2005 Mathematics May Seminar

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Date of our visit: Sunday, May 15, 2005

Pantheon hours of visitation: 8:30 a.m. to 7:30 p.m. Monday through Saturday and from 9 a.m. to 6 p.m. on Sunday.

Admission Price: Free!

The Pantheon today borders the Piazza della Rotonda, a rectangular square with a central fountain, in the historic center of Rome. Pantheon is a Greek word meaning “all the gods of a religion.” Building of it was begun in 27 B.C. by the statesman Marcus Vipsanius Agrippa, probably as a building of the ordinary classical temple type, rectangular with a gabled roof supported by a colonnade on all sides. At this time, it was dedicated to the patron gods of the Julio-Claudian family, Venus, Mars, and the divine Julius. After being struck by lightning and burned to the ground in 80 A.D., it was first restored by Domitian in 80 A.D. before again being struck by lightning and burned. The Pantheon was completely rebuilt by the emperor Hadrian sometime between 118 A.D. and 128 A.D. and dedicated to the twelve Olympian gods. Hadrian’s reconstruction profoundly modified the original building:

The temple originally faced south, now the pillared porch is facing north.

The front portico has three rows of 8 Corinthian columns of grey and red Egyptian granite, each one with a diameter of 1.5 meters and a height of 40 roman feet.

Beneath the porch are huge bronze double doors 7 meters high that serve as an entrance.

The original inscription was maintained: “M.Agrippa L.f.cos tertium fecit” (“Marcus Agrippa Luci three time consul built [it]”).

When entering the Pantheon there is an explosion of space. The interior is lined with colored marble and the walls are marked by seven deep recesses screened by pairs of columns. The ceiling has indentations that were once decorated with bronze rosettes and molding. It is said that when walking into the interior of the Pantheon you will “appreciate the enormity of the columns that form the pillared porch. Once inside the Pantheon, you’ll find yourself looking up in awe at the size of the area above you, until your eyes find the opening in the dome.” When it rains, you won’t get wet standing under the oculus because the water will evaporate before it hits.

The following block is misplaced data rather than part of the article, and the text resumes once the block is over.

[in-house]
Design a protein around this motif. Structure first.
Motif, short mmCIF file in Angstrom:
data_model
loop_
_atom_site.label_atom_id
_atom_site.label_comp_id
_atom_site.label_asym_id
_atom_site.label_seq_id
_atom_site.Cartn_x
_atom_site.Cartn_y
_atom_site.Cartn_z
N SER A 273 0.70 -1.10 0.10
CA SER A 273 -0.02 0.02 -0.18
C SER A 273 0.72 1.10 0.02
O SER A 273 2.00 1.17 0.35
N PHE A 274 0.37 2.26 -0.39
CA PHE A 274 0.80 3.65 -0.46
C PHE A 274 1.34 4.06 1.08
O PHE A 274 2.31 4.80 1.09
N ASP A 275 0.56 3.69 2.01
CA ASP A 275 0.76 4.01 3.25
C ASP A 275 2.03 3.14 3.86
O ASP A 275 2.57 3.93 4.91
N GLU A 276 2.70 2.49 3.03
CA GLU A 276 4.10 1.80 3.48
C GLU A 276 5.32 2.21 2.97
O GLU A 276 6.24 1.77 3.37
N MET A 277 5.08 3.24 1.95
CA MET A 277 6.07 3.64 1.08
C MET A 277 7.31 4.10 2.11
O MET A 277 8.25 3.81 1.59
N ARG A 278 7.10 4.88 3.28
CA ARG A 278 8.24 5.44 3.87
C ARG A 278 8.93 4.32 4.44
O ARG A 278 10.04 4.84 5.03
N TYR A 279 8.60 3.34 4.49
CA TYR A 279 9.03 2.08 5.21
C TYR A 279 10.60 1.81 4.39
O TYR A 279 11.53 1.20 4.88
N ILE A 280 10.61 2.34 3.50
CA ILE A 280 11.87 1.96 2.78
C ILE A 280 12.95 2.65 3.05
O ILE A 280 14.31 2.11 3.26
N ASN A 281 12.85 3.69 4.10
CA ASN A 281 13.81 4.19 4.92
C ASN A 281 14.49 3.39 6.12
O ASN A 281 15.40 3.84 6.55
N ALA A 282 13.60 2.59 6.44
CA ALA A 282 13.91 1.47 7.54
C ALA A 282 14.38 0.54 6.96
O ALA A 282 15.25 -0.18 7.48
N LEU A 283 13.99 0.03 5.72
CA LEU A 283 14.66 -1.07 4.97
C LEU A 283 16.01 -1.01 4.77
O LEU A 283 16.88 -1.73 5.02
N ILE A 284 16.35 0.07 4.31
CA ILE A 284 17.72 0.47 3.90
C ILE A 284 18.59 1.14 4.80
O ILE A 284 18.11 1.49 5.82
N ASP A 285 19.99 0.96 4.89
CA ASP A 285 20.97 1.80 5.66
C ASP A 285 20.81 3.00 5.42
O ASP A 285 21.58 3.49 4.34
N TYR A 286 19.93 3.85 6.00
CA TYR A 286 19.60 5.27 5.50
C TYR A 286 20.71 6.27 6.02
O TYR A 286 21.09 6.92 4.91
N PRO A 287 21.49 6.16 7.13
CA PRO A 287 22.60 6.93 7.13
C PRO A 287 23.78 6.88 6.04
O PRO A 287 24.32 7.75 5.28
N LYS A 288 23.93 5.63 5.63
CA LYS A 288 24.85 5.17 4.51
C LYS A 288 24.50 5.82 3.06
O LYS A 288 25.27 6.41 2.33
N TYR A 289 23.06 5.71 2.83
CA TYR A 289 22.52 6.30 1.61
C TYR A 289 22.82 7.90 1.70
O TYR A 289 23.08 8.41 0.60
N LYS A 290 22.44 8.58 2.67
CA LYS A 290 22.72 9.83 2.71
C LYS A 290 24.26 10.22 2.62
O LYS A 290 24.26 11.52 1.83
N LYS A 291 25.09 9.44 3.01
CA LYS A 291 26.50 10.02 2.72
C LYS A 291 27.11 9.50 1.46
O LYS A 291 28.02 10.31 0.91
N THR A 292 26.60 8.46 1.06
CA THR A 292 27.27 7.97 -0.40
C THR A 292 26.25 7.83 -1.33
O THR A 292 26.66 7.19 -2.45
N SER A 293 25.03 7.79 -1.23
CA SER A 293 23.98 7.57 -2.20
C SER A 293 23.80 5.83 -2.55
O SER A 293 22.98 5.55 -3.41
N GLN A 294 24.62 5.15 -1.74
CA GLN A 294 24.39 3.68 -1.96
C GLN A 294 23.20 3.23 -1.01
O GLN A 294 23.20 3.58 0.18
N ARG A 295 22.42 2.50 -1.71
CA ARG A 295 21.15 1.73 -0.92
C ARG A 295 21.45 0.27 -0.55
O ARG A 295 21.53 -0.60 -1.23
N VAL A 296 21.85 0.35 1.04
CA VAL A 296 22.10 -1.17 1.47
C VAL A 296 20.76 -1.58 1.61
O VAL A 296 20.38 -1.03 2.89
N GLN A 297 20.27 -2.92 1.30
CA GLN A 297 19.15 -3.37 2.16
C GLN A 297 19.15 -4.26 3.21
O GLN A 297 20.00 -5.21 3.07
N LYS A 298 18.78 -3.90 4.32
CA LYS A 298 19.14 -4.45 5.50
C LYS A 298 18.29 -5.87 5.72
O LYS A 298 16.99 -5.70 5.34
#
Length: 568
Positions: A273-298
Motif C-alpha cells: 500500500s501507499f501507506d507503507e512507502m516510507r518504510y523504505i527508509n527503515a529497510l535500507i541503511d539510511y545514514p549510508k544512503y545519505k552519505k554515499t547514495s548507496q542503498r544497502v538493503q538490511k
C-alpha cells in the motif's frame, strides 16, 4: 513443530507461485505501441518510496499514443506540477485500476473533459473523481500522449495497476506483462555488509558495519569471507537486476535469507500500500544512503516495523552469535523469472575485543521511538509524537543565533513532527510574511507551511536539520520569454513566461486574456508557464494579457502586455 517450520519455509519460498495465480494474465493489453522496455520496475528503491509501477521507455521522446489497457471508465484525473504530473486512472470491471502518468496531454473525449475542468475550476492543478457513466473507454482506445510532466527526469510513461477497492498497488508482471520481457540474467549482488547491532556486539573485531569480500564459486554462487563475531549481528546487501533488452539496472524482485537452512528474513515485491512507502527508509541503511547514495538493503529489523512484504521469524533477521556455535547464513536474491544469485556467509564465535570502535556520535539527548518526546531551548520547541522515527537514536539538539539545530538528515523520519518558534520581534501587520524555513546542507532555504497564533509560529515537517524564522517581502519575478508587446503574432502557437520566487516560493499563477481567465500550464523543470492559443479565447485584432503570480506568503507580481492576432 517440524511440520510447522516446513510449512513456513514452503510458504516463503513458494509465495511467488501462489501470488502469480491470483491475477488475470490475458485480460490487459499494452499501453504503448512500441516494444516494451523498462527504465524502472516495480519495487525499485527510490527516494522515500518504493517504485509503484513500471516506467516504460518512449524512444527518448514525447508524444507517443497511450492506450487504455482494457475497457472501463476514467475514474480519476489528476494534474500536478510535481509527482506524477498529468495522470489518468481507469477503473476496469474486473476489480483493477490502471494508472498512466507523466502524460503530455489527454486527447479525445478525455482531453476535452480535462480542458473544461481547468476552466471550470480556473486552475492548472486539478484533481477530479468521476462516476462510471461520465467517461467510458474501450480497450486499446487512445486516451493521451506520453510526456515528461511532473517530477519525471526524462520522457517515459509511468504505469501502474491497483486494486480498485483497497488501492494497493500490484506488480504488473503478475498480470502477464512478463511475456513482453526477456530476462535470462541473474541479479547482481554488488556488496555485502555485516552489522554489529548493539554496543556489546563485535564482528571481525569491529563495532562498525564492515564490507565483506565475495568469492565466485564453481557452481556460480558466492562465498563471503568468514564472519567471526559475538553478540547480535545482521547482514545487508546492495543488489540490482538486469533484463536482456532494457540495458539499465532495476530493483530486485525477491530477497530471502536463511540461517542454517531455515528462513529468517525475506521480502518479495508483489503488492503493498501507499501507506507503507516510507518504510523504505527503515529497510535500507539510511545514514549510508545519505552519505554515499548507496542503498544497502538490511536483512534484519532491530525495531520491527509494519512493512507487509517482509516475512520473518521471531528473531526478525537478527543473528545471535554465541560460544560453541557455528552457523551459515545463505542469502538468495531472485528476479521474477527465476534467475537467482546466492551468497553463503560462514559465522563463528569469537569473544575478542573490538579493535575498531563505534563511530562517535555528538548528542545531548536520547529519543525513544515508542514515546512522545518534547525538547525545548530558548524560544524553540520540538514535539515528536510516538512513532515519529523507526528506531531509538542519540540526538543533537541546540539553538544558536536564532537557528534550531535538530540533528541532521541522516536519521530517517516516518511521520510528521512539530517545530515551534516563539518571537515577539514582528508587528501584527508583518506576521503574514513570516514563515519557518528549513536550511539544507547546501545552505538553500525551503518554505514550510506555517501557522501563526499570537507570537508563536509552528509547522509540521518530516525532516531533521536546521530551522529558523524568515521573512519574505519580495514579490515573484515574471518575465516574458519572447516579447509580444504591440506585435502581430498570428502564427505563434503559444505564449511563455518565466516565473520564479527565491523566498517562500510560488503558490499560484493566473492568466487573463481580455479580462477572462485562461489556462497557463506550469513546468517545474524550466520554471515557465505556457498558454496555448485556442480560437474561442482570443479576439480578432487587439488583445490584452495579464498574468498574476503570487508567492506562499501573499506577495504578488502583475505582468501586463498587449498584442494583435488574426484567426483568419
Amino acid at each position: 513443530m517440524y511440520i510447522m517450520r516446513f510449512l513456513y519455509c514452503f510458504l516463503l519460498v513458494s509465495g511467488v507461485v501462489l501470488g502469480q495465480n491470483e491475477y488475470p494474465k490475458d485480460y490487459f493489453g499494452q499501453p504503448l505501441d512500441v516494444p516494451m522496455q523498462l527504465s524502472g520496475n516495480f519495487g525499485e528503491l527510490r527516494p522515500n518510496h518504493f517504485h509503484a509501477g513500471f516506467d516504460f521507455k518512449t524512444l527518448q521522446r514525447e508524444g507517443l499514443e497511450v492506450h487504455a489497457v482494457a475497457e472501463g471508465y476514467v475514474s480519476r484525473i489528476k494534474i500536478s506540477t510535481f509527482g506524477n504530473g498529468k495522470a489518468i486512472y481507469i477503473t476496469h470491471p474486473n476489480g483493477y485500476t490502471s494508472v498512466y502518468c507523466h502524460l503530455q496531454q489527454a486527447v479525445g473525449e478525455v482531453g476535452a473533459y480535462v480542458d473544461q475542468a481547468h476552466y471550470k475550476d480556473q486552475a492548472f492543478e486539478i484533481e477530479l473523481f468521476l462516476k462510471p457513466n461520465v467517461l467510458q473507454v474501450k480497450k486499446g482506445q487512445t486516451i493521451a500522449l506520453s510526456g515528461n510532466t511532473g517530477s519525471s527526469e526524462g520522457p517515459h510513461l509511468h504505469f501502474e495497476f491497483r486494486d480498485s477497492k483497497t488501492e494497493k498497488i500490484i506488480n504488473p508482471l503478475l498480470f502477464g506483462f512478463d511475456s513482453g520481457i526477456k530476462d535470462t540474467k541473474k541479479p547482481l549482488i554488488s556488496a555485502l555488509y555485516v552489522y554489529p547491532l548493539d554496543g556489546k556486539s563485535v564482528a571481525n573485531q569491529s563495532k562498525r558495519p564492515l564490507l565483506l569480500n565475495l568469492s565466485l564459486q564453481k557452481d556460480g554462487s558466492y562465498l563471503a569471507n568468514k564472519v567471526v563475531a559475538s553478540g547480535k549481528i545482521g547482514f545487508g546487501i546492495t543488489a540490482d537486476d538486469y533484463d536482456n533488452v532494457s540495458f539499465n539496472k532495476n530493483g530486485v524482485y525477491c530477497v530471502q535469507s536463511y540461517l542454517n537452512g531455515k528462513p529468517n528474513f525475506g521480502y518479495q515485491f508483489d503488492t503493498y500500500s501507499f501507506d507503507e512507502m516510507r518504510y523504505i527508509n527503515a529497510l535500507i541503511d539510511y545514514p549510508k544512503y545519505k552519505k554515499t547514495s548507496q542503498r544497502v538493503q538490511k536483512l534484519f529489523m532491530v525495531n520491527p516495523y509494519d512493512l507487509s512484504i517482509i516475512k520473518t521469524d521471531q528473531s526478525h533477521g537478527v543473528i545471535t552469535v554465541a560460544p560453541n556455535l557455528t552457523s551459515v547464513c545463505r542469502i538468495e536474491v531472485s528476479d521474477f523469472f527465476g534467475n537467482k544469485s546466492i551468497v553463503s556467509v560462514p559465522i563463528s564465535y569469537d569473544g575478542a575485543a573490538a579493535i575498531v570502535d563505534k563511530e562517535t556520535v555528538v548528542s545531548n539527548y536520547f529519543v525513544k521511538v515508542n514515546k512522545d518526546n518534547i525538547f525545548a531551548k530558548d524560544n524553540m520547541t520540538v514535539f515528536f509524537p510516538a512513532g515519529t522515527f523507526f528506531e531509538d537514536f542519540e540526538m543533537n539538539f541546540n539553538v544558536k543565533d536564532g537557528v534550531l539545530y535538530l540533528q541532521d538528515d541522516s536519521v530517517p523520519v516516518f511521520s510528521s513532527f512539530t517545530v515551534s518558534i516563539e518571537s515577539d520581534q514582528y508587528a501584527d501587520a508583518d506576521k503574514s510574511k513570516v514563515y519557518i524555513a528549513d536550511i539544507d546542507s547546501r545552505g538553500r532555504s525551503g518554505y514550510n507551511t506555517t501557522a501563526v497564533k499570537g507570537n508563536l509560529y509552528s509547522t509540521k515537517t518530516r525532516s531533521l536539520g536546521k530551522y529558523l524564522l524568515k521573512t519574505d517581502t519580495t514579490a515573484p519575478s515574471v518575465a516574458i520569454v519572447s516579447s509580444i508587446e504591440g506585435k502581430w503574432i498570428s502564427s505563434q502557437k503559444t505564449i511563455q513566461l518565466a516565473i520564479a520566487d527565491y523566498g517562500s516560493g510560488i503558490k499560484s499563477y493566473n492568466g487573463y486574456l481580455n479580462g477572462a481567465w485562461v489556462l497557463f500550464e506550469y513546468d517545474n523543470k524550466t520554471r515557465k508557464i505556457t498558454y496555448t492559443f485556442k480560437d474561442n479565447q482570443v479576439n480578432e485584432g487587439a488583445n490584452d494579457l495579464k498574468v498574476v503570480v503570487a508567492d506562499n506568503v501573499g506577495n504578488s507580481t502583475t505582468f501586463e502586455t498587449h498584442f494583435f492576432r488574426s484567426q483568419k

The Pantheon is remarkable for its size, its construction, and its design. The dome was the largest built until Brunelleschi’s dome at the Florence Cathedral in 1420-36. The Pantheon measures about 43.2 meters in diameter making it a perfect circle that rises to a height of 22 meters above its base.

Two factors are known to have contributed to its structural success: the excellent quality of the mortar used in the concrete and the careful selection and grading of the aggregate material. The exact method of construction of the Pantheon has never been determined. The thickness and type of concrete varies between the bottom and the top of the dome. The drum itself is strengthened by huge brick arches and piers set above one another inside the wall: near the base it is 6.05 meters thick. There exists an oculus of 8.7 meters by which the building is lit solely by the light that floods in. The concrete near the oculus is 2.3 meters thick consisting of a lighter type of material. It is said that near the oculus, jugs that held the concrete while building the Pantheon were used in the wall to make it lighter.

Early 3rd century, some alterations were made by the emperors Lucius Septimius Severus and Caracalla. When Rome fell in 476 A.D., the Pantheon was saved by the Byzantine Emperor Phocas who donated the building to Pope Boniface IV. The temple was converted into a church and dedicated in 609 A.D. as the Church of the Santa Maria Rotonda, or ad Martyres, which it remains today. The Pantheon contains the tombs of Rafael and of several Italian Kings.